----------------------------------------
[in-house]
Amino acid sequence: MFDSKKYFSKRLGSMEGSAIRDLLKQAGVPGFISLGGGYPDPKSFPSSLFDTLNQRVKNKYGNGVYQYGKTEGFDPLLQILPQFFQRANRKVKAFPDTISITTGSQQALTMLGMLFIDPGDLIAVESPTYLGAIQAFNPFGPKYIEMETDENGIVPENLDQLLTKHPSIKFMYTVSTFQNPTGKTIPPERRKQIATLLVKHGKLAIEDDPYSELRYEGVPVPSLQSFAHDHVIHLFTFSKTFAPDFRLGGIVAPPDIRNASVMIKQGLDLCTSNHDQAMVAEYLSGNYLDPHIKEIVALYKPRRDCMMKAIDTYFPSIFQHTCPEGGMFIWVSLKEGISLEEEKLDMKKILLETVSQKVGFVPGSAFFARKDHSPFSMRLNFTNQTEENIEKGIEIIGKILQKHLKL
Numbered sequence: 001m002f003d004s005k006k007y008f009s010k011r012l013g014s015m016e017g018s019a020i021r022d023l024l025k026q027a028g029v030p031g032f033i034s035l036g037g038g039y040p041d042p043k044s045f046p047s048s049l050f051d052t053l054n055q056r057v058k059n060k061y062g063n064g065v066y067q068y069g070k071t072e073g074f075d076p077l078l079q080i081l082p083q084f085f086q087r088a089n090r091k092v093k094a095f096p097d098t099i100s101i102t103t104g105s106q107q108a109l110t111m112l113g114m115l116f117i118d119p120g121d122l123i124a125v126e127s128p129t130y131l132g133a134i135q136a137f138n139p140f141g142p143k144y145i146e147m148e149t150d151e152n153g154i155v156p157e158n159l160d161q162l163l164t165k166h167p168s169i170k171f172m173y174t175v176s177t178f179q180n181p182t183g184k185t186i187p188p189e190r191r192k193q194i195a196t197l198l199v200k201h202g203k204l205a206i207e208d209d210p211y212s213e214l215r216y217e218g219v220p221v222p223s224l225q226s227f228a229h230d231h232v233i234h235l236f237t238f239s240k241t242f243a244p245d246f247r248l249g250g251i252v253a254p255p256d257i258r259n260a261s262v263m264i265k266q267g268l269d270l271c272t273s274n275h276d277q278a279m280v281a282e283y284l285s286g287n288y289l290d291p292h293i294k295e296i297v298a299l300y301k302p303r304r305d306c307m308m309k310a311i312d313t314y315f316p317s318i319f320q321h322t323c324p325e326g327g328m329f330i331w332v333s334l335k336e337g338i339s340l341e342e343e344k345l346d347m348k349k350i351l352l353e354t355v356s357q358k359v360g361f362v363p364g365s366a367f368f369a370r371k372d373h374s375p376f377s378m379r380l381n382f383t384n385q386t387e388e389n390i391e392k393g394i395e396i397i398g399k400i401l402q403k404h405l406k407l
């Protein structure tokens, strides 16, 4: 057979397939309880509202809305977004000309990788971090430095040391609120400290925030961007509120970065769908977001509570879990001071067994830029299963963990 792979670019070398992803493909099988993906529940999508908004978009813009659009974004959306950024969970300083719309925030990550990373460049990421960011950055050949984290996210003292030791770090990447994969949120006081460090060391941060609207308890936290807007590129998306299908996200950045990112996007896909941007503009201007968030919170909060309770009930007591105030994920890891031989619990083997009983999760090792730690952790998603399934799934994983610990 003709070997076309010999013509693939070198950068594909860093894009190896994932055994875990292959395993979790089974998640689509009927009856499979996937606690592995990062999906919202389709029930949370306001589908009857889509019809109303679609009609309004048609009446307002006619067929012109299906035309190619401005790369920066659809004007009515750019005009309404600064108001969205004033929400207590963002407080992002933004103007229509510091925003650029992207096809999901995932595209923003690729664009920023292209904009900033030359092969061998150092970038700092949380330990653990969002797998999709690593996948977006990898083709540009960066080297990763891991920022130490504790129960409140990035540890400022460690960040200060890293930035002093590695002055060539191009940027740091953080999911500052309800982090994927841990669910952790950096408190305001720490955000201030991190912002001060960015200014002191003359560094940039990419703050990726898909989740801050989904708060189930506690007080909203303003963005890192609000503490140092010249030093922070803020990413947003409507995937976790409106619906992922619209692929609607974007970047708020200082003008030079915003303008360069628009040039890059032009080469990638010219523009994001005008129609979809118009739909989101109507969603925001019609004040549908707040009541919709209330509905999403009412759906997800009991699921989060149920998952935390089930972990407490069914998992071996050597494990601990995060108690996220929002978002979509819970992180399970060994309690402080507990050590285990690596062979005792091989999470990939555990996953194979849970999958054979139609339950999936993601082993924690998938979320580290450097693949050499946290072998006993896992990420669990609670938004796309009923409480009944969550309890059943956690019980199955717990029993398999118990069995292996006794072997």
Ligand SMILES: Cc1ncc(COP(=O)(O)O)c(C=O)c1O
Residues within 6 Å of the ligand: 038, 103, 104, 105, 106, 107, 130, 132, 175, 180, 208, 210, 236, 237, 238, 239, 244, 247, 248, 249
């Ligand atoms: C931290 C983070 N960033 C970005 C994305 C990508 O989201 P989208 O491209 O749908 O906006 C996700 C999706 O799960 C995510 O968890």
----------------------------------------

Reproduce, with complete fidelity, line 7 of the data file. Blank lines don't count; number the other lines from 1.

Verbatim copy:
């Ligand atoms: C931290 C983070 N960033 C970005 C994305 C990508 O989201 P989208 O491209 O749908 O906006 C996700 C999706 O799960 C995510 O968890």